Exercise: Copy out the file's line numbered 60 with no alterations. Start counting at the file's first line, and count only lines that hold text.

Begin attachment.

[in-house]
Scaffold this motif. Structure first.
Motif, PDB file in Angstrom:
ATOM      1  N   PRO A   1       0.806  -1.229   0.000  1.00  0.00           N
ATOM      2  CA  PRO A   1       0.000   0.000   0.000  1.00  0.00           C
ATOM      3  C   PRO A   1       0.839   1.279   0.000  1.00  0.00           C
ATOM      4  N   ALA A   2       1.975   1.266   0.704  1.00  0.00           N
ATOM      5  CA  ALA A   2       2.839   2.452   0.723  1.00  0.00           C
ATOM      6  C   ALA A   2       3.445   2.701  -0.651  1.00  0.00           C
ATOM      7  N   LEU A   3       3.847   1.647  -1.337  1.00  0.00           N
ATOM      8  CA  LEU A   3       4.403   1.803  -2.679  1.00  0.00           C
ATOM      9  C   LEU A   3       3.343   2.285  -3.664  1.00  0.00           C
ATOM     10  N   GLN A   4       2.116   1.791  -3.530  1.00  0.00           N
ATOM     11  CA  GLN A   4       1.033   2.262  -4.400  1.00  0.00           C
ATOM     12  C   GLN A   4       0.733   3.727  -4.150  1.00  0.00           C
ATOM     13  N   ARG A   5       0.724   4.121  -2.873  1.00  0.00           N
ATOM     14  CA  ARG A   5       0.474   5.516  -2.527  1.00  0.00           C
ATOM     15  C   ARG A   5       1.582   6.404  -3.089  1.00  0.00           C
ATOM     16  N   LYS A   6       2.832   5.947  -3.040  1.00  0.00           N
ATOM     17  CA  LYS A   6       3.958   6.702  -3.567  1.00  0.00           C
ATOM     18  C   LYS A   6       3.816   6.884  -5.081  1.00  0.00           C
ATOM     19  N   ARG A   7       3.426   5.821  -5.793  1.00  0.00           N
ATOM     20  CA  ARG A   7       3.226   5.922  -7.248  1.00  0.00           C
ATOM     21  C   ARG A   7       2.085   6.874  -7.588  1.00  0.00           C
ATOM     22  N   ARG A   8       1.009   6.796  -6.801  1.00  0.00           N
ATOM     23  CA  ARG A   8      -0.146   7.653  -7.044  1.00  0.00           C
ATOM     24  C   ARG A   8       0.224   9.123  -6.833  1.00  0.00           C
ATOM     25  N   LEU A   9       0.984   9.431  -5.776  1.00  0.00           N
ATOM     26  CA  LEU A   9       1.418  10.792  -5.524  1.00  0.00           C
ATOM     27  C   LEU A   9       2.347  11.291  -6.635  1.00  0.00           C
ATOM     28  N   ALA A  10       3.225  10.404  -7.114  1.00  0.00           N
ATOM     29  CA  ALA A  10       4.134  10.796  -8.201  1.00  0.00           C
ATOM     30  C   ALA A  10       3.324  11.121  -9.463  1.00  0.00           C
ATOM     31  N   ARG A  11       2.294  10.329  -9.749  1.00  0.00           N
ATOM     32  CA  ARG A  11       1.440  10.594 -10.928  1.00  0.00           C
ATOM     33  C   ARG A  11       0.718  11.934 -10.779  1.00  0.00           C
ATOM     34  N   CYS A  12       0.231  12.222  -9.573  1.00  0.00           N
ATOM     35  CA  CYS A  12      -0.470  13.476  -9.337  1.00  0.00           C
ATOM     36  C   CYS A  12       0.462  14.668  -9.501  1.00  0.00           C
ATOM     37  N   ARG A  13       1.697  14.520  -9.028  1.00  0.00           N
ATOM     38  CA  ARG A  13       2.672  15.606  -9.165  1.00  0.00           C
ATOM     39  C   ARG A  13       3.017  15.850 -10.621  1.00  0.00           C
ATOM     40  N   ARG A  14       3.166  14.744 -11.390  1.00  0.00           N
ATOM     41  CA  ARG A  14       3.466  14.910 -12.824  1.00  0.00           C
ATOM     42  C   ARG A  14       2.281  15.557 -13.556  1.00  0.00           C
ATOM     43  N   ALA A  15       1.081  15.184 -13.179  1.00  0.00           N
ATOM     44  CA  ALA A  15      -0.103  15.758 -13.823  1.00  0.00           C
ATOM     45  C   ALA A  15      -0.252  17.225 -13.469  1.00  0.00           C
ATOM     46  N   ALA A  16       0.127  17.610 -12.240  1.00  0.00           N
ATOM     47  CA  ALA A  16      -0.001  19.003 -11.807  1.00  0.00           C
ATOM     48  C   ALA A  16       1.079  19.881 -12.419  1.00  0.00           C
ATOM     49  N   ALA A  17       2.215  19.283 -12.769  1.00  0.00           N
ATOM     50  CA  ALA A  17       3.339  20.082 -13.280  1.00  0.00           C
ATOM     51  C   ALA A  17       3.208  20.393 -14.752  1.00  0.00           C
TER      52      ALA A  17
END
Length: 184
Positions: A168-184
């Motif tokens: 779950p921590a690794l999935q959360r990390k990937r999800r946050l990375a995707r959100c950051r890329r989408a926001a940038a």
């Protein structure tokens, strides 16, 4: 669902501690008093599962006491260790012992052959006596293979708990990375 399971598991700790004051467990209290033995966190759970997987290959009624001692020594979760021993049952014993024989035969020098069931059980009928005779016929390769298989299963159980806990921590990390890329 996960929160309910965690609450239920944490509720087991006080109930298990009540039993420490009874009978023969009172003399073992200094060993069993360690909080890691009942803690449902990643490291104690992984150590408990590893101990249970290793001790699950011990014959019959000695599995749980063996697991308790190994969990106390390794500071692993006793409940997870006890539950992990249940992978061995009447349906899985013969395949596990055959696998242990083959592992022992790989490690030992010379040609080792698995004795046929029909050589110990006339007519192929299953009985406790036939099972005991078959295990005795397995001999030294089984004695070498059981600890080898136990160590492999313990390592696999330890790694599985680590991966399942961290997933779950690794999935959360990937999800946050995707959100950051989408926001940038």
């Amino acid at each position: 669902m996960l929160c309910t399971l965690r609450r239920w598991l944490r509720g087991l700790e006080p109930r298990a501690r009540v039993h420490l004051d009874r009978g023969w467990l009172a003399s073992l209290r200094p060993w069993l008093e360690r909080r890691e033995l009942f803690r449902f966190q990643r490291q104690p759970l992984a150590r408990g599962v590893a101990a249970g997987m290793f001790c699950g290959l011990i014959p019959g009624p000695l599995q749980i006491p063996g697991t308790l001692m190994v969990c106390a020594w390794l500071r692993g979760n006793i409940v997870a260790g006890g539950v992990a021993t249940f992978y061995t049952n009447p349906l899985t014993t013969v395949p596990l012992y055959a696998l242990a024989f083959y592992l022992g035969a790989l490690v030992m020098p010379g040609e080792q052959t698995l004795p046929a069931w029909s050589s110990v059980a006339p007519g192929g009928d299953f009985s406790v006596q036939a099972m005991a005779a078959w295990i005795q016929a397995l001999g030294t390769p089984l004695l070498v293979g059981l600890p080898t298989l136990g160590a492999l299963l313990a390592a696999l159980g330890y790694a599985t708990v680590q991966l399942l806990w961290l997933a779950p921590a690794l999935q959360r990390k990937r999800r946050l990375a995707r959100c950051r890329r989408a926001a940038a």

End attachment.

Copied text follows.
């Protein structure tokens, strides 16, 4: 669902501690008093599962006491260790012992052959006596293979708990990375 399971598991700790004051467990209290033995966190759970997987290959009624001692020594979760021993049952014993024989035969020098069931059980009928005779016929390769298989299963159980806990921590990390890329 996960929160309910965690609450239920944490509720087991006080109930298990009540039993420490009874009978023969009172003399073992200094060993069993360690909080890691009942803690449902990643490291104690992984150590408990590893101990249970290793001790699950011990014959019959000695599995749980063996697991308790190994969990106390390794500071692993006793409940997870006890539950992990249940992978061995009447349906899985013969395949596990055959696998242990083959592992022992790989490690030992010379040609080792698995004795046929029909050589110990006339007519192929299953009985406790036939099972005991078959295990005795397995001999030294089984004695070498059981600890080898136990160590492999313990390592696999330890790694599985680590991966399942961290997933779950690794999935959360990937999800946050995707959100950051989408926001940038």